We arrived at Caserio Garro with the owner welcoming us like errant relatives late on arrival. The accommodation was absolutely beautiful with old wooden beams, a large reception room with open fireplace, and peppered with a very tasteful collection of sculptures and eccentric antiques. The rooms too, were beautifully furnished, with en suite bathrooms, as well as a sprawling terrace.
By now it was after nine o'clock and the nearest jatetxea (eating house) was booked out with locals. The hotel owner kindly got us a table in Anlesti five kilometres away. A working hamlet shrouded in mist, the sweet smell of pine and faint barking of dogs all added to the timelessness and mystery of the place.
The jatetxea was typical of this region: great sides of jamon hung above the bar and the ubiquitous football match was on the TV up in the corner. The local men turned around sullenly to see who we were then realised we were friendly. This region is famous for its cuisine, not just the pintxos but also the freshly-caught seafood, particularly cod.
We started with a massive mixed salad, then grilled sea bass (the most delicious I've ever tasted), stuffed squid in its own ink, grilled green peppers and a bottle of delicious Rioja. Followed by a Christmas dessert made of ground local walnuts. It looked revolting and tasted fantastic. Other specialities include cider, Txakoli (young local white wine) and Patxaran – an aniseed based liqueur. After the meal the two female cooks came out to greet us, two jovially fat middle-aged women in stained aprons, bemused by Ana's American husband who defiantly wore the Basque black beret.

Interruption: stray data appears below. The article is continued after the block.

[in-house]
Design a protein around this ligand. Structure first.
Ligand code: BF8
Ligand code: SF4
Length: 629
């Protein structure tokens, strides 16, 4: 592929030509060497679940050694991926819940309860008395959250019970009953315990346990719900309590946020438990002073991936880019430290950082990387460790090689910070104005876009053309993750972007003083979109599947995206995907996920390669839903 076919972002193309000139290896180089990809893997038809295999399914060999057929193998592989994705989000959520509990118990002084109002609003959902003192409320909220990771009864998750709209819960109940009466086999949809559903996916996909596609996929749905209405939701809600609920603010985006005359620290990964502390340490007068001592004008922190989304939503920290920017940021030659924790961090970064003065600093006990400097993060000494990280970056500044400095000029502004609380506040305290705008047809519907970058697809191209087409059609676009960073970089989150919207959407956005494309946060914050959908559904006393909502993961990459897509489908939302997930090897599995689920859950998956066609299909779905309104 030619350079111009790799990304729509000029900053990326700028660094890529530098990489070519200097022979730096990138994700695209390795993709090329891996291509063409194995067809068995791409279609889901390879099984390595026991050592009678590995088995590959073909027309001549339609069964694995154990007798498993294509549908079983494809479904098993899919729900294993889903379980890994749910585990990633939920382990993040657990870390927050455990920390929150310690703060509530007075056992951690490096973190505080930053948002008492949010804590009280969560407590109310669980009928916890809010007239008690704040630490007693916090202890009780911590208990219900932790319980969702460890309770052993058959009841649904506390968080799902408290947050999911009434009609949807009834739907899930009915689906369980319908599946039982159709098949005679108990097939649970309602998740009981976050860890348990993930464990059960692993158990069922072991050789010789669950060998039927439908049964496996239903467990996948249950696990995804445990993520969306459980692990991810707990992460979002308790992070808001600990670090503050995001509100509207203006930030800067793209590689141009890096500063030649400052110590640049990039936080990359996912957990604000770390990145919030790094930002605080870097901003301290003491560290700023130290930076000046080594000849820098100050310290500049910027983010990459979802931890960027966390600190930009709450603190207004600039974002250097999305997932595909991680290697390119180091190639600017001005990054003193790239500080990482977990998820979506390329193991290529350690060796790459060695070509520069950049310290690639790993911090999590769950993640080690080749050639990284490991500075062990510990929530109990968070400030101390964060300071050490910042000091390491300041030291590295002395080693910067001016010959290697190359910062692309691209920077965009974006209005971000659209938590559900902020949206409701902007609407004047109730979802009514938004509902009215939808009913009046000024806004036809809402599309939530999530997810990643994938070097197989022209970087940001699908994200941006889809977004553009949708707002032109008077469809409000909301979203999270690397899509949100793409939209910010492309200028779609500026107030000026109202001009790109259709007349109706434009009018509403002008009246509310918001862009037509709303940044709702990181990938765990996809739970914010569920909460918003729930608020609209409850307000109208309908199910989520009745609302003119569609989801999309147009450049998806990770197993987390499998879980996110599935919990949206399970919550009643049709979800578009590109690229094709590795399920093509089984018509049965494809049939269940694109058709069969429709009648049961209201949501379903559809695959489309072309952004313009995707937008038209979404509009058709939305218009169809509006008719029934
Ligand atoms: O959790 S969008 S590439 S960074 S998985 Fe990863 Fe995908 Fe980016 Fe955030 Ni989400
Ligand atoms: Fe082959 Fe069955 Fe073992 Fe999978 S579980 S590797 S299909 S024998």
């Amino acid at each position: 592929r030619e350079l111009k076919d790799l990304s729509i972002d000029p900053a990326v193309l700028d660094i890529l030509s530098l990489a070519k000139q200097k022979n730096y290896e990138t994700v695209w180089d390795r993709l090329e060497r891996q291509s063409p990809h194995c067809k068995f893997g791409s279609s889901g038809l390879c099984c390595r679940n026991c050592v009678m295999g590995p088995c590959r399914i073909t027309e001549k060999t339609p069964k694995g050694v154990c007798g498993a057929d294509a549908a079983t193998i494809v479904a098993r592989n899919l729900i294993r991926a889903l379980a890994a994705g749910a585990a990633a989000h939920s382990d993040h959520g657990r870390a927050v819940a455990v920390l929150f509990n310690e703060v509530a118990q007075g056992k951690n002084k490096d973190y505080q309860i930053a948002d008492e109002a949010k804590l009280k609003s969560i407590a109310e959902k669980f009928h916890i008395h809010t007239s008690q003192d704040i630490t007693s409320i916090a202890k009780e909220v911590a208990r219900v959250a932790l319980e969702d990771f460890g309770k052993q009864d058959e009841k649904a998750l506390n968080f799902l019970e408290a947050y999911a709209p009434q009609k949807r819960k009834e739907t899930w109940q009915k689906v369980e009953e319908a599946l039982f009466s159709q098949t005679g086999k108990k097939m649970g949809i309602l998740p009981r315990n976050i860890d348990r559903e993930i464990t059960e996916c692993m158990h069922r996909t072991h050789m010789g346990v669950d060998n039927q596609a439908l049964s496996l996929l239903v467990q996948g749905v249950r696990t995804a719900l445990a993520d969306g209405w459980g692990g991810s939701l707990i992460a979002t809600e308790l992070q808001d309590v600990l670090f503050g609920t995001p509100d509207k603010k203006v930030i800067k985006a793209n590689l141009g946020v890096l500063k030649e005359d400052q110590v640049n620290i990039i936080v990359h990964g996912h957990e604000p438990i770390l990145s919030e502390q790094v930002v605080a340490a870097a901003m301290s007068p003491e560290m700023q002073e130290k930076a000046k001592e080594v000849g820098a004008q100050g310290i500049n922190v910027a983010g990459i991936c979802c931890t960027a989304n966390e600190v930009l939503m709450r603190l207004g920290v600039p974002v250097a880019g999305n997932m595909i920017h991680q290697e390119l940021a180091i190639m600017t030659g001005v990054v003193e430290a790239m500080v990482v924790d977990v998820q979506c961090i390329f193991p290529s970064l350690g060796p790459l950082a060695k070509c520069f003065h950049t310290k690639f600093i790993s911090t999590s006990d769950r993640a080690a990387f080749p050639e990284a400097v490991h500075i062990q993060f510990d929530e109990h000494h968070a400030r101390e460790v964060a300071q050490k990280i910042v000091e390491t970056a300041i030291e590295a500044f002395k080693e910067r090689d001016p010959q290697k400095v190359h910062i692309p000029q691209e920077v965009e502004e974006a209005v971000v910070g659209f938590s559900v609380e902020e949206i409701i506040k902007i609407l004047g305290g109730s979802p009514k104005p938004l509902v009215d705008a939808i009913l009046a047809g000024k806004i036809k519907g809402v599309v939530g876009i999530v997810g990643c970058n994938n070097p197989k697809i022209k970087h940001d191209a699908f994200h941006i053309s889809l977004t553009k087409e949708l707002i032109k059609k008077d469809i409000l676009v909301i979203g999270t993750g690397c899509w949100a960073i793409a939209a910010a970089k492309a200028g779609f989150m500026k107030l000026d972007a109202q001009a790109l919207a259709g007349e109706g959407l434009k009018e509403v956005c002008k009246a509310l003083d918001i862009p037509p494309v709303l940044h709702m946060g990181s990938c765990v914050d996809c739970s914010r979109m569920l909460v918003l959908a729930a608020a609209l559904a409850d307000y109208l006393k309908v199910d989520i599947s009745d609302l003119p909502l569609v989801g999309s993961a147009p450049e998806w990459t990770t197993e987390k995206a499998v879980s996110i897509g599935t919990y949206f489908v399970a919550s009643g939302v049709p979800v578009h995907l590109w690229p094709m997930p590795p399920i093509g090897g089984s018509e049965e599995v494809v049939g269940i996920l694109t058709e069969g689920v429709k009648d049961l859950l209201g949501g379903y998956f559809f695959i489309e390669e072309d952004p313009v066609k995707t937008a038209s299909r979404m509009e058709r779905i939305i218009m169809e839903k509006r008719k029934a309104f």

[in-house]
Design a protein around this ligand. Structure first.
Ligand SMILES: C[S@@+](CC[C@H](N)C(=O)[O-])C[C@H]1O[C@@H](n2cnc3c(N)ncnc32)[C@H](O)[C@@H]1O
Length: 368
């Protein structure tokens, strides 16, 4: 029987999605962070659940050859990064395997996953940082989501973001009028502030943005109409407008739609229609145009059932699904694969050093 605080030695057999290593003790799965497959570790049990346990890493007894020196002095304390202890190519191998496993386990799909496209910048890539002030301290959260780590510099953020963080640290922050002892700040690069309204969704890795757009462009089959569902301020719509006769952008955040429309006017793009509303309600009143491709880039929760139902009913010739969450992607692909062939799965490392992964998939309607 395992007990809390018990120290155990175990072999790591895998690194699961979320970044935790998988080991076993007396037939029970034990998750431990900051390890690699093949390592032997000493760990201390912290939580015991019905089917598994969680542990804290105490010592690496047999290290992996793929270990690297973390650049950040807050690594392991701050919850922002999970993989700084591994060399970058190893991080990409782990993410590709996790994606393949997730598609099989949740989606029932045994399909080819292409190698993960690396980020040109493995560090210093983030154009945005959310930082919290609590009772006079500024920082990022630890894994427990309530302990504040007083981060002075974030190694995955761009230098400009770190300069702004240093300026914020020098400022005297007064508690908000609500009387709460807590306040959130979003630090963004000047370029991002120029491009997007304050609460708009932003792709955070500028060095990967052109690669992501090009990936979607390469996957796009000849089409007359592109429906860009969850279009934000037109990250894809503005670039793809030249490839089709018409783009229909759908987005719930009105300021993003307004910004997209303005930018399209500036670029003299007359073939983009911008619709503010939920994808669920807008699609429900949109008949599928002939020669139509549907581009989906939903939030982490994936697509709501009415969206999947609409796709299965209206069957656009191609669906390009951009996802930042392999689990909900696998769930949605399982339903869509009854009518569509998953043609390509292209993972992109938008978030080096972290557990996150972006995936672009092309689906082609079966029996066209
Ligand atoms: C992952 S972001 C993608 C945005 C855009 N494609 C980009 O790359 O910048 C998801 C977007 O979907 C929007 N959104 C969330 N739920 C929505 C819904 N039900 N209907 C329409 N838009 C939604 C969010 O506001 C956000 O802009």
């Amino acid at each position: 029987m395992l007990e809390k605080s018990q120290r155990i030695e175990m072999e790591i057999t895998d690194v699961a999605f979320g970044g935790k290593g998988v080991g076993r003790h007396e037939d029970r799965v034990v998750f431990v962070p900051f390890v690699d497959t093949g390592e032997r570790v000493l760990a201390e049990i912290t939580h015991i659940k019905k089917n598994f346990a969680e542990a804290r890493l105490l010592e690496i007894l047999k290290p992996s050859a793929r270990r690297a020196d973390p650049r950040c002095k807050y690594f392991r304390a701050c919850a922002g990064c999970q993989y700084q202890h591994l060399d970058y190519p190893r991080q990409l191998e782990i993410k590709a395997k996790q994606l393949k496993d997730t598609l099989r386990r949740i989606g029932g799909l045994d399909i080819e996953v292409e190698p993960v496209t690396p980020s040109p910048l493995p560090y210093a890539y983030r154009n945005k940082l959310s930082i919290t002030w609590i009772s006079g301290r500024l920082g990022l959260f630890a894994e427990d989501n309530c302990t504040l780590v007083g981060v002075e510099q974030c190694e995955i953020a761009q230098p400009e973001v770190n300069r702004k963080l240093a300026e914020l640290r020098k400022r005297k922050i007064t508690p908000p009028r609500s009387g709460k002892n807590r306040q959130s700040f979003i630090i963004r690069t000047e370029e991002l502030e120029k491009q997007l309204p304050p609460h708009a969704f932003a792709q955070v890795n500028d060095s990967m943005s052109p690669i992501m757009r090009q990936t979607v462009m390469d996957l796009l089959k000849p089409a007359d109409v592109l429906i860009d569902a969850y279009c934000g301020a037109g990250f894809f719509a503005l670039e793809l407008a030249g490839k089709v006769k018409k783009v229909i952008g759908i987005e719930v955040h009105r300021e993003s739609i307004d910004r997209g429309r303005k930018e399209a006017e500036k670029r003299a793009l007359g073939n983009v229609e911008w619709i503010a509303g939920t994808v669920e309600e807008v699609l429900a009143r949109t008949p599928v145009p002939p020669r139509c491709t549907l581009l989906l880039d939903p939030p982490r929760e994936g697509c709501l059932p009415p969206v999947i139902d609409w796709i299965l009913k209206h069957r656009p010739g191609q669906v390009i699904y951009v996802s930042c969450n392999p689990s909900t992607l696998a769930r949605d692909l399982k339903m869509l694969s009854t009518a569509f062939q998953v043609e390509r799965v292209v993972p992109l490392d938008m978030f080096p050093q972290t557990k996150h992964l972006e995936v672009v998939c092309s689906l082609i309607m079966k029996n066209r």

Sunday brought a sparkling frost, the ringing of sheep's bells floating out over the morning mist, a candle-lit breakfast of fresh milk, sheep cheese, local jamon, and a local flat cake made of ground almonds and chocolate. We headed out to a local monastery at Zoirtza and caught the last of the Sunday service resounding out over the sunlit valley. Pure bliss.
T. S. Learner is a playwrite and novelist. She travelled extensively in the Basque region while researching her latest conspiracy thriller, The Map. Her interest in the area was originally inspired by stories told to her as a child by her Russian Jewish grandfather, who was travelling in Spain when the Civil War broke out, and by a long held fascination with Dolores Ibarruri, La Pasionaria. The Map is published by Sphere, order your copy now on Amazon.